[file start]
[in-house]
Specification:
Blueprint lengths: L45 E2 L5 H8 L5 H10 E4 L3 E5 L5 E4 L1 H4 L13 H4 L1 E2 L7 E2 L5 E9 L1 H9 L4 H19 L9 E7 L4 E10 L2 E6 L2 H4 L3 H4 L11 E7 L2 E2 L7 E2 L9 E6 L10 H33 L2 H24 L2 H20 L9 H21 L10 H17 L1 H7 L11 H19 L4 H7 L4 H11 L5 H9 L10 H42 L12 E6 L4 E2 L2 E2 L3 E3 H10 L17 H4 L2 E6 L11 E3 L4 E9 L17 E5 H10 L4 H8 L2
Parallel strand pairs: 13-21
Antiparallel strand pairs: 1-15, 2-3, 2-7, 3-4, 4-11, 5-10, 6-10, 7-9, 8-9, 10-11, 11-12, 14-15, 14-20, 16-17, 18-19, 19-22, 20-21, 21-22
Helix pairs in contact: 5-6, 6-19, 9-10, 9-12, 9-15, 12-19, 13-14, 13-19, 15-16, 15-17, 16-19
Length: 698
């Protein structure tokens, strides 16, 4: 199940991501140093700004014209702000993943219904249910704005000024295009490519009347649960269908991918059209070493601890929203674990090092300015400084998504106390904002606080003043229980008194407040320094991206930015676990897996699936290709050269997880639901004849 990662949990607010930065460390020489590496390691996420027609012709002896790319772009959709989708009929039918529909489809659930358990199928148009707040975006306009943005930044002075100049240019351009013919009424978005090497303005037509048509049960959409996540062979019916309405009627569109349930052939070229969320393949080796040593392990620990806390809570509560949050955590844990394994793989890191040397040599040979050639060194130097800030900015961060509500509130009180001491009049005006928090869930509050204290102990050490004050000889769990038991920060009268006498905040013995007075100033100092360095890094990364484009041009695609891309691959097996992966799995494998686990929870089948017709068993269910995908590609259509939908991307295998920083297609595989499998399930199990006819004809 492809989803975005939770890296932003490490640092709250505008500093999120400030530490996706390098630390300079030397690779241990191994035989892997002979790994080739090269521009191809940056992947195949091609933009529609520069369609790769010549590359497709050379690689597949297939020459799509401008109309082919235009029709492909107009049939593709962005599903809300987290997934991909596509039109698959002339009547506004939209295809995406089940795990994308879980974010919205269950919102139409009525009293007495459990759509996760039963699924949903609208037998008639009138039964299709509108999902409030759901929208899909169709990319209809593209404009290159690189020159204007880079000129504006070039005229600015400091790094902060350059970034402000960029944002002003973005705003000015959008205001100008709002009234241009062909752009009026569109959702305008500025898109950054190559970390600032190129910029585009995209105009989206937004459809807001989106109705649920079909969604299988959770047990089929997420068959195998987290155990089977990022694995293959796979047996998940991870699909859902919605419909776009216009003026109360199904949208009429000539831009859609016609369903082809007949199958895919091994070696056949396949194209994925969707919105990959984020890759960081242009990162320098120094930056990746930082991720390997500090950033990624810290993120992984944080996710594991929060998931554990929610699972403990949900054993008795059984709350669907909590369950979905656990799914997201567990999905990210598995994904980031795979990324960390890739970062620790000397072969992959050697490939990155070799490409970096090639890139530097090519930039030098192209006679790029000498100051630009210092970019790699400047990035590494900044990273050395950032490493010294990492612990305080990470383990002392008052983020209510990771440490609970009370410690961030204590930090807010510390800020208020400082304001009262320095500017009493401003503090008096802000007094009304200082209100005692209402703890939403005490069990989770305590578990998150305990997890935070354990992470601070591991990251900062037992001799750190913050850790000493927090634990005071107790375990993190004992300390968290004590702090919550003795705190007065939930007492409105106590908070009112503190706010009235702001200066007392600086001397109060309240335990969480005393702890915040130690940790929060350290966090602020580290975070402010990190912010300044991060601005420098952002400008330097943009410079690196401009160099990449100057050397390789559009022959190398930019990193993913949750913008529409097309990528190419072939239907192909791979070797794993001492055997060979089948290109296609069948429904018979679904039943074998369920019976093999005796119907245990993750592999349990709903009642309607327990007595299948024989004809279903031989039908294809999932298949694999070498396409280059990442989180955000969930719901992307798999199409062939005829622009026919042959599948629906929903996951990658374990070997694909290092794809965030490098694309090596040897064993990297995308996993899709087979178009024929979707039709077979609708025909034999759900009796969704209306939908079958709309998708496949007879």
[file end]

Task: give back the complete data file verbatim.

[in-house]
Specification:
Blueprint lengths: L45 E2 L5 H8 L5 H10 E4 L3 E5 L5 E4 L1 H4 L13 H4 L1 E2 L7 E2 L5 E9 L1 H9 L4 H19 L9 E7 L4 E10 L2 E6 L2 H4 L3 H4 L11 E7 L2 E2 L7 E2 L9 E6 L10 H33 L2 H24 L2 H20 L9 H21 L10 H17 L1 H7 L11 H19 L4 H7 L4 H11 L5 H9 L10 H42 L12 E6 L4 E2 L2 E2 L3 E3 H10 L17 H4 L2 E6 L11 E3 L4 E9 L17 E5 H10 L4 H8 L2
Parallel strand pairs: 13-21
Antiparallel strand pairs: 1-15, 2-3, 2-7, 3-4, 4-11, 5-10, 6-10, 7-9, 8-9, 10-11, 11-12, 14-15, 14-20, 16-17, 18-19, 19-22, 20-21, 21-22
Helix pairs in contact: 5-6, 6-19, 9-10, 9-12, 9-15, 12-19, 13-14, 13-19, 15-16, 15-17, 16-19
Length: 698
């Protein structure tokens, strides 16, 4: 199940991501140093700004014209702000993943219904249910704005000024295009490519009347649960269908991918059209070493601890929203674990090092300015400084998504106390904002606080003043229980008194407040320094991206930015676990897996699936290709050269997880639901004849 990662949990607010930065460390020489590496390691996420027609012709002896790319772009959709989708009929039918529909489809659930358990199928148009707040975006306009943005930044002075100049240019351009013919009424978005090497303005037509048509049960959409996540062979019916309405009627569109349930052939070229969320393949080796040593392990620990806390809570509560949050955590844990394994793989890191040397040599040979050639060194130097800030900015961060509500509130009180001491009049005006928090869930509050204290102990050490004050000889769990038991920060009268006498905040013995007075100033100092360095890094990364484009041009695609891309691959097996992966799995494998686990929870089948017709068993269910995908590609259509939908991307295998920083297609595989499998399930199990006819004809 492809989803975005939770890296932003490490640092709250505008500093999120400030530490996706390098630390300079030397690779241990191994035989892997002979790994080739090269521009191809940056992947195949091609933009529609520069369609790769010549590359497709050379690689597949297939020459799509401008109309082919235009029709492909107009049939593709962005599903809300987290997934991909596509039109698959002339009547506004939209295809995406089940795990994308879980974010919205269950919102139409009525009293007495459990759509996760039963699924949903609208037998008639009138039964299709509108999902409030759901929208899909169709990319209809593209404009290159690189020159204007880079000129504006070039005229600015400091790094902060350059970034402000960029944002002003973005705003000015959008205001100008709002009234241009062909752009009026569109959702305008500025898109950054190559970390600032190129910029585009995209105009989206937004459809807001989106109705649920079909969604299988959770047990089929997420068959195998987290155990089977990022694995293959796979047996998940991870699909859902919605419909776009216009003026109360199904949208009429000539831009859609016609369903082809007949199958895919091994070696056949396949194209994925969707919105990959984020890759960081242009990162320098120094930056990746930082991720390997500090950033990624810290993120992984944080996710594991929060998931554990929610699972403990949900054993008795059984709350669907909590369950979905656990799914997201567990999905990210598995994904980031795979990324960390890739970062620790000397072969992959050697490939990155070799490409970096090639890139530097090519930039030098192209006679790029000498100051630009210092970019790699400047990035590494900044990273050395950032490493010294990492612990305080990470383990002392008052983020209510990771440490609970009370410690961030204590930090807010510390800020208020400082304001009262320095500017009493401003503090008096802000007094009304200082209100005692209402703890939403005490069990989770305590578990998150305990997890935070354990992470601070591991990251900062037992001799750190913050850790000493927090634990005071107790375990993190004992300390968290004590702090919550003795705190007065939930007492409105106590908070009112503190706010009235702001200066007392600086001397109060309240335990969480005393702890915040130690940790929060350290966090602020580290975070402010990190912010300044991060601005420098952002400008330097943009410079690196401009160099990449100057050397390789559009022959190398930019990193993913949750913008529409097309990528190419072939239907192909791979070797794993001492055997060979089948290109296609069948429904018979679904039943074998369920019976093999005796119907245990993750592999349990709903009642309607327990007595299948024989004809279903031989039908294809999932298949694999070498396409280059990442989180955000969930719901992307798999199409062939005829622009026919042959599948629906929903996951990658374990070997694909290092794809965030490098694309090596040897064993990297995308996993899709087979178009024929979707039709077979609708025909034999759900009796969704209306939908079958709309998708496949007879």